Global warming target dispute leaves UN climate deal in the balance
The outcome of key UN climate talks hung on crunch negotiations over global warming targets on Saturday, after the EU made a dramatic threat to walk away from the fraught COP27 summit.
Negotiators said that progress was made in getting an agreement over the previously deadlocked issue of “loss and damage” funding by rich countries for poorer nations suffering the effects of climate change.
But Jennifer Morgan, German climate minister, said a deal would only be approved if it included measures that would “keep 1.5 alive” — a phrase that became the mantra of last year’s COP26 talks in Glasgow.
It refers to a goal in the 2015 Paris Agreement to keep global warming well below 2C from pre-industrial times, and ideally 1.5C, by cutting greenhouse gas emissions.
A group of countries known as the “high ambition coalition”, which includes the UK, Germany and Spain, said on Saturday evening that both the temperature goals and the loss and damage funding needed to be reflected in the final COP27 agreement.
“One without the other doesn’t make sense, otherwise we would be accepting catastrophe and not pushing forward towards avoiding the worst of climate change,” said Susana Muhamad, Colombia’s environment minister.
The summit was due to end on Friday but extended into the weekend as negotiators remained in disagreement about key issues.
“We do not want 1.5C to die here today,” said EU climate chief Frans Timmermans, on Saturday, as he issued an ultimatum.
“Everything is on the table, these are high stakes, capitals are being called,” said one European diplomat.
The question of how countries would step up their cuts in emissions remained at stake on Saturday, fuelling some negotiators’ concerns that the 1.5C target might be in jeopardy.
“We’d rather have no decision than a bad decision,” Timmermans told reporters at Sharm el-Sheikh.
“All ministers . . . like myself are prepared to walk away if we do not have a result that does justice to what the world is waiting for, namely that we do something about this climate crisis,” he said.
China, Brazil and Saudi Arabia were among the countries resisting increased action on cutting emissions, according to people with knowledge of the discussions.
In the eleventh-hour wrangling over the draft final agreement, Saudi Arabia and Russia were among those objecting to the energy section that focuses on cutting greenhouse gas emissions and an increase in renewable energy.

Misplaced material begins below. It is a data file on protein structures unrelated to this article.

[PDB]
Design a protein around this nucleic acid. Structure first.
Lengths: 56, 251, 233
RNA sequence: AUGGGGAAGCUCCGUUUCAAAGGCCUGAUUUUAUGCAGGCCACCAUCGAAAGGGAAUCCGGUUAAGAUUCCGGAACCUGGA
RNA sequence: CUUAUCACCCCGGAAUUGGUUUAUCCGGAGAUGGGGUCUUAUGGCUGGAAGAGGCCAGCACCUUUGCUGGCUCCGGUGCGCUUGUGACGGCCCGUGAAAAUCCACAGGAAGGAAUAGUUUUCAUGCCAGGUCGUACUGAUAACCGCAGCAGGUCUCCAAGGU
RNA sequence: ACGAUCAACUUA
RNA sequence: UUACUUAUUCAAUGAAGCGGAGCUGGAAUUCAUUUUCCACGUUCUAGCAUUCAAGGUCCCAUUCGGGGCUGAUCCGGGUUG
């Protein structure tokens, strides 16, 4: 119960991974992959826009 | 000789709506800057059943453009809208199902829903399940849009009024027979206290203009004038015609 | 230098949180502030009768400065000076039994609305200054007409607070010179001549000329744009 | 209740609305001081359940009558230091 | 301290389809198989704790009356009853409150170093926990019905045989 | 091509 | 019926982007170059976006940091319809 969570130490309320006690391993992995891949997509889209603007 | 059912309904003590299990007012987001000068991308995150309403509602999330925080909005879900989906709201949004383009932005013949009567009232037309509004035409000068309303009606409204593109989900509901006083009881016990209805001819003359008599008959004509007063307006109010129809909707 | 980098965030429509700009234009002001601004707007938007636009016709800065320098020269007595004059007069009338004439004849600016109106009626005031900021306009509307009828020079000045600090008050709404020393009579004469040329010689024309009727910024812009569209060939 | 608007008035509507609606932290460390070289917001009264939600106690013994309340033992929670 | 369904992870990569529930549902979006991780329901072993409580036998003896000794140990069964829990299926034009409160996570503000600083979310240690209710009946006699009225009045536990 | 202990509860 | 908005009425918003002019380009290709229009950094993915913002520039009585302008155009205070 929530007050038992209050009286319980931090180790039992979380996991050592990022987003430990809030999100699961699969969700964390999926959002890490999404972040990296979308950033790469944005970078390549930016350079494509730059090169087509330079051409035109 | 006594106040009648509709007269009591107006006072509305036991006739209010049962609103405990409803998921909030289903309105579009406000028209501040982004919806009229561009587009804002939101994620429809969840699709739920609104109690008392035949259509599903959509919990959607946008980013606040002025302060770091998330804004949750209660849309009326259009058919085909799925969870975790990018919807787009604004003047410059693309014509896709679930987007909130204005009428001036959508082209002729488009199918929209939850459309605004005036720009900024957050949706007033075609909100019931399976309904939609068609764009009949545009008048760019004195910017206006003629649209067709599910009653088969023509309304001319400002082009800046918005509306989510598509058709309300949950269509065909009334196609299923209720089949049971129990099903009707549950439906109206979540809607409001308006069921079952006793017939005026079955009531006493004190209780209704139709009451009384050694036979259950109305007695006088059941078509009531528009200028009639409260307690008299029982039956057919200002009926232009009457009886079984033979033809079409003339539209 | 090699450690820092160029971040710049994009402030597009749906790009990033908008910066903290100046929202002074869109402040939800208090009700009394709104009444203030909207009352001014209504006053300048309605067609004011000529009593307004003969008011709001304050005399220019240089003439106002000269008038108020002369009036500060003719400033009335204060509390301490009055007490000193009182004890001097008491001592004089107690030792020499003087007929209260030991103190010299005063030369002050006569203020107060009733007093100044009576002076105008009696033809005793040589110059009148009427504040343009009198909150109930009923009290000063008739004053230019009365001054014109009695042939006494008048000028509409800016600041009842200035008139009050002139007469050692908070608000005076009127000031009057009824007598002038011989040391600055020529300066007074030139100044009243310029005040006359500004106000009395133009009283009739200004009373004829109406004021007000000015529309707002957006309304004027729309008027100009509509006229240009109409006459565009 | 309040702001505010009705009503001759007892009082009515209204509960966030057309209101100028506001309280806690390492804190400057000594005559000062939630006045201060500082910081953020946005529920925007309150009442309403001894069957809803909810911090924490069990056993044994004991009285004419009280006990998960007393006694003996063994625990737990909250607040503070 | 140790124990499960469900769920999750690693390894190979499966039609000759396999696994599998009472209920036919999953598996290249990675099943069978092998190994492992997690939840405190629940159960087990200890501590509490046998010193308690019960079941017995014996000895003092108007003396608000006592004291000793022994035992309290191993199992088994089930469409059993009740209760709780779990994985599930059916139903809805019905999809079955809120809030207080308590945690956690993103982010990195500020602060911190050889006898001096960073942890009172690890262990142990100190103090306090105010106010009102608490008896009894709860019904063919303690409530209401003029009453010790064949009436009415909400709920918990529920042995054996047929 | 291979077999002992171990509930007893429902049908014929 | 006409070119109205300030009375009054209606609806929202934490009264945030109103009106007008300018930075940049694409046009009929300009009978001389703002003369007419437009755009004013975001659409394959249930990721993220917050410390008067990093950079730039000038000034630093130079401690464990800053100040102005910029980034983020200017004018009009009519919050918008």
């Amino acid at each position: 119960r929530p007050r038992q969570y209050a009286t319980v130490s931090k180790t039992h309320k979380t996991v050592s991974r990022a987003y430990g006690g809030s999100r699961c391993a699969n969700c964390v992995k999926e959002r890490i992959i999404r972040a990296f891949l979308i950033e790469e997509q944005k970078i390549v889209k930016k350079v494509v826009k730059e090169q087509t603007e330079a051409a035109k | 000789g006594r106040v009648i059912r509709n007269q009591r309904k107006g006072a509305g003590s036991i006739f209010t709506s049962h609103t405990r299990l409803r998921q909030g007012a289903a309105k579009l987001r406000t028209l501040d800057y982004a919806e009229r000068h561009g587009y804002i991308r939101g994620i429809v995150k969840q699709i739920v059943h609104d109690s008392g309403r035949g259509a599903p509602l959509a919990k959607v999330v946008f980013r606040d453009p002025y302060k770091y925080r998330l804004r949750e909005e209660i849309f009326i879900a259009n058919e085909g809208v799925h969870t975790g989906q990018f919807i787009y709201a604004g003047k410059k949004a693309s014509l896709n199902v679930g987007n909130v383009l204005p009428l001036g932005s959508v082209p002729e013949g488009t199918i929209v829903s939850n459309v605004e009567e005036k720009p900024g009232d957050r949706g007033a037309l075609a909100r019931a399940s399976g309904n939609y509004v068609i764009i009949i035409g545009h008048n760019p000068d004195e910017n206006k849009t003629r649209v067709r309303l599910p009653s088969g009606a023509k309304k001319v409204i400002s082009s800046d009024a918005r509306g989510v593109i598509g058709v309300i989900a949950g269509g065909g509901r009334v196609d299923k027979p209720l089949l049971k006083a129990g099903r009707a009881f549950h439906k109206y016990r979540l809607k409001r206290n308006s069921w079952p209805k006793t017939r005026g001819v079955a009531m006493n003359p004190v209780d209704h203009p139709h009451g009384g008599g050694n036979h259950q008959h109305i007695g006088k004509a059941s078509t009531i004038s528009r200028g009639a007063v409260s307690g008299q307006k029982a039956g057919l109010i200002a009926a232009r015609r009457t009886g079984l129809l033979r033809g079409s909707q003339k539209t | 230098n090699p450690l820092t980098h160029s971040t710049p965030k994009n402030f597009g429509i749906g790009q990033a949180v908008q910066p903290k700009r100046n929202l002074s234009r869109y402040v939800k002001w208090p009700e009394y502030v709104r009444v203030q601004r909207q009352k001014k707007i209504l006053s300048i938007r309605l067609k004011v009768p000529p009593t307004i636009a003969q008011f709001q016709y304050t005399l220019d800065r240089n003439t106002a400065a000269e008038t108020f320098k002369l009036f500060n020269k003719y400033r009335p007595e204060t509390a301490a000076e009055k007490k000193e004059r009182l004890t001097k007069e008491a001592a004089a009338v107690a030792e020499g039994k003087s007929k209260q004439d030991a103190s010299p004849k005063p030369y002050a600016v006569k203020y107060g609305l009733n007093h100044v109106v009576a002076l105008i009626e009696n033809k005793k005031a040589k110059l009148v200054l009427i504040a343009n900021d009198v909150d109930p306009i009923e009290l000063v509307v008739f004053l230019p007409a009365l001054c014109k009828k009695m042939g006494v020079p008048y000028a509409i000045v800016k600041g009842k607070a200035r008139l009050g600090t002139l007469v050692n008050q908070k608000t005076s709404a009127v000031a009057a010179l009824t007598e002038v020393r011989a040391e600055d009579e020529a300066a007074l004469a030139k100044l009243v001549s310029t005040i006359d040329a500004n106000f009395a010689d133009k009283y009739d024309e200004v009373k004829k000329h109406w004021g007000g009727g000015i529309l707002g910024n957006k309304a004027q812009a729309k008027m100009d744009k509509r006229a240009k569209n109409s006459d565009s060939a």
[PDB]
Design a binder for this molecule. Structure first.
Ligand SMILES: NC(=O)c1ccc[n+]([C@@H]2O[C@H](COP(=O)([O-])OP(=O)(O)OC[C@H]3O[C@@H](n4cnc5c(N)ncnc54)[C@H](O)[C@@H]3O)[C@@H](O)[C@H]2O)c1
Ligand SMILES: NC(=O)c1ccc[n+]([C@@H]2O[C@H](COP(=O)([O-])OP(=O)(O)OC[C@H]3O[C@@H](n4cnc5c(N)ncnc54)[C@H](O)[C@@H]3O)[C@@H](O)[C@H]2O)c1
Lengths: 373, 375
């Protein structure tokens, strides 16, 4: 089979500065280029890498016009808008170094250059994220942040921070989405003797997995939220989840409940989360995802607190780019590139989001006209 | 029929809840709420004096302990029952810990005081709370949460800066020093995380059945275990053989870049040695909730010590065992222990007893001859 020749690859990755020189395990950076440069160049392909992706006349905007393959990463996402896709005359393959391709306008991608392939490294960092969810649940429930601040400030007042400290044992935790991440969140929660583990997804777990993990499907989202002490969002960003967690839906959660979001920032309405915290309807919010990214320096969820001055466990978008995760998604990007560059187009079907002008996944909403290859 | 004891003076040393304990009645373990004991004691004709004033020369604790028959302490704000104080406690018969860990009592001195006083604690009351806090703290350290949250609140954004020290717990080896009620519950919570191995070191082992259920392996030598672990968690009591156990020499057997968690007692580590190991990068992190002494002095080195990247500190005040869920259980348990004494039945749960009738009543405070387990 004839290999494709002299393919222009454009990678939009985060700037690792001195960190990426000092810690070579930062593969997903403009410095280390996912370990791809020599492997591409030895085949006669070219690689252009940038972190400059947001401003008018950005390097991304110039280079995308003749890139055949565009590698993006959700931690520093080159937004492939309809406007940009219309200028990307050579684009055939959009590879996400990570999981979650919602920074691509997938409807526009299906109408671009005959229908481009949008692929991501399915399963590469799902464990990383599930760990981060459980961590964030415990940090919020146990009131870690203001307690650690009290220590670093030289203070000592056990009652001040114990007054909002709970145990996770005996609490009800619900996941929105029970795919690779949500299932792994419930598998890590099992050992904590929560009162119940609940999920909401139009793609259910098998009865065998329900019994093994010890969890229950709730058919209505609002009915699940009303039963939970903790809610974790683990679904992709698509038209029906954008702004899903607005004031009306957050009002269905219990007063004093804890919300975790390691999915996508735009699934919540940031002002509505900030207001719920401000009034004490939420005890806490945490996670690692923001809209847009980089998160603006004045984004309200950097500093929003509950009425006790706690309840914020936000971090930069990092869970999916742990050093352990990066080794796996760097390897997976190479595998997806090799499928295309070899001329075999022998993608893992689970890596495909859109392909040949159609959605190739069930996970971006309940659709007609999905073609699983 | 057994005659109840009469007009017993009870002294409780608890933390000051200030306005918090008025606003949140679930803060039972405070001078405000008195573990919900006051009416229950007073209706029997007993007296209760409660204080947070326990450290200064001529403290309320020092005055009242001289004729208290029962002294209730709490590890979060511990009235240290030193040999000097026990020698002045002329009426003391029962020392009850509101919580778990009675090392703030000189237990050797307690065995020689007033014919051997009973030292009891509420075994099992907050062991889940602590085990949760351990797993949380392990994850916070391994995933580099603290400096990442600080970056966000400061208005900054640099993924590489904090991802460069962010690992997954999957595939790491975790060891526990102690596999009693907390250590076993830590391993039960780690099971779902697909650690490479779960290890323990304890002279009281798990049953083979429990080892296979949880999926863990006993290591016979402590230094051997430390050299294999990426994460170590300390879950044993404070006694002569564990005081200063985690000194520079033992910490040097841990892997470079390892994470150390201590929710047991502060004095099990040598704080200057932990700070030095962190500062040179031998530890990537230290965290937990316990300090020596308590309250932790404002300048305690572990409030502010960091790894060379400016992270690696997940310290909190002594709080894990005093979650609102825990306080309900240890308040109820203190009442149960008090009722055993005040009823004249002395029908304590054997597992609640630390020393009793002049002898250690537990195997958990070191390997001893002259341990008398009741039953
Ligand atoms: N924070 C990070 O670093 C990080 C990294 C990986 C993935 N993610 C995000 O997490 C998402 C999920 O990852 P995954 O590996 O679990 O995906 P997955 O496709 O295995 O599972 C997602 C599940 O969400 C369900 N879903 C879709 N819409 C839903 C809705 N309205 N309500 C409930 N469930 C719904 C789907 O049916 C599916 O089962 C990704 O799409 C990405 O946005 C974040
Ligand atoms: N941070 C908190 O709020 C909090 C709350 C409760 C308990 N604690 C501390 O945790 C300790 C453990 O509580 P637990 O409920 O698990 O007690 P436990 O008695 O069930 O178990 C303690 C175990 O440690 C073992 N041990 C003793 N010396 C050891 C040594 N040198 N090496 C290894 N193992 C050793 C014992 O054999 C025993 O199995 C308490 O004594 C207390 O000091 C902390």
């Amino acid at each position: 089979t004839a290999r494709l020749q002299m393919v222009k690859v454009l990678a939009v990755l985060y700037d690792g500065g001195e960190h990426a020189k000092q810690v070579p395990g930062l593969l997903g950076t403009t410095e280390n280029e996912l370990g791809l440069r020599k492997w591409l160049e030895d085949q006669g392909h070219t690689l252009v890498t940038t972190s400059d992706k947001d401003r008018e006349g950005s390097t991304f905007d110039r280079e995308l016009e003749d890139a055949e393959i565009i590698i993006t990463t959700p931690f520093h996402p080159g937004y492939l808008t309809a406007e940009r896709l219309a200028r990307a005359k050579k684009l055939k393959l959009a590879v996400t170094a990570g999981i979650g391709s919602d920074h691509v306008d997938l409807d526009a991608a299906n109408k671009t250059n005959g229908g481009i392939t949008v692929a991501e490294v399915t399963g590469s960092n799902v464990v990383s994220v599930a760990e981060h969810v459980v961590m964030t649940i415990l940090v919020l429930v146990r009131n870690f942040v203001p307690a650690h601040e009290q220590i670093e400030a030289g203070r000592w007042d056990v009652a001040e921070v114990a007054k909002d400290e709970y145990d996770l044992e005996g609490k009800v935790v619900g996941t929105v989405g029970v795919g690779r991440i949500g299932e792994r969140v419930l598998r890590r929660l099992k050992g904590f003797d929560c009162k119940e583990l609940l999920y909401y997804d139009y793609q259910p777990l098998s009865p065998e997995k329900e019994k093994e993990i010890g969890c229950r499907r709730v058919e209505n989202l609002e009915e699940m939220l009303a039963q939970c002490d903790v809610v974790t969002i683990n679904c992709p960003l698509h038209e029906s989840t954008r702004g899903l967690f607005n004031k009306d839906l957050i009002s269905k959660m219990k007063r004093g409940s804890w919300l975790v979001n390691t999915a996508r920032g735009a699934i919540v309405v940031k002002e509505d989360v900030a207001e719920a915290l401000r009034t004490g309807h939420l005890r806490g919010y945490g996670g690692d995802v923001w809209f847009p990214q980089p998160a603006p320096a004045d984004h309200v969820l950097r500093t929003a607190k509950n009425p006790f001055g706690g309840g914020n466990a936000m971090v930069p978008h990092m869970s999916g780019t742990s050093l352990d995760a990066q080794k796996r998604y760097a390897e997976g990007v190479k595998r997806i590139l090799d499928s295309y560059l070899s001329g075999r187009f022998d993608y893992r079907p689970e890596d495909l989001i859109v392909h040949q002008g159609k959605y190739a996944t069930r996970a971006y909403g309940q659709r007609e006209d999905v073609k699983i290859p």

Saudi Arabia wanted the inclusion of technologies that would allow for continued production of oil and gas, such as carbon capture, while Russia said it could “make the energy situation even worse”.
While climate COPs are always fractious and rarely end on time, it is unusual for a large group of western countries such as the EU to make a last-minute threat of a walkout.
“No one should underestimate” the EU’s threat, said Romina Pourmokhtari, Sweden’s minister for climate and the environment. “There is no one here who is willing to return to our countries and explain to them why we took a step back.”
The bloc has stressed the importance of building on last year’s Glasgow Climate Pact, which included a commitment to reduce the use of coal, the dirtiest fossil fuel.
COP27 president Sameh Shoukry, Egypt’s foreign minister, said on Saturday that the draft text of the final agreement would keep the 1.5C goal alive while taking a “holistic approach in dealing with the challenges of climate change”.
Shoukry said there was “equal dissatisfaction in all quarters” but insisted the “vast majority” of parties would find a basis for an agreement.
“There is never a perfect solution but there is an effort that I have exerted to provide the basis that we can move forward upon,” Shoukry said. “Reaching a point of convergence takes some effort.”
There were also concerns about how the Egyptian presidency was handling the summit. “I’ve never experienced anything like this: untransparent, unpredictable and chaotic,” said one delegate.
Countries’ negotiating teams were only given a short time to review updated texts for several key outstanding issues in the early hours of the morning; this was “not a usual procedure,” said one EU official.
Additional reporting by Emiliya Mychasuk and Pilita Clark in Sharm el-Sheikh
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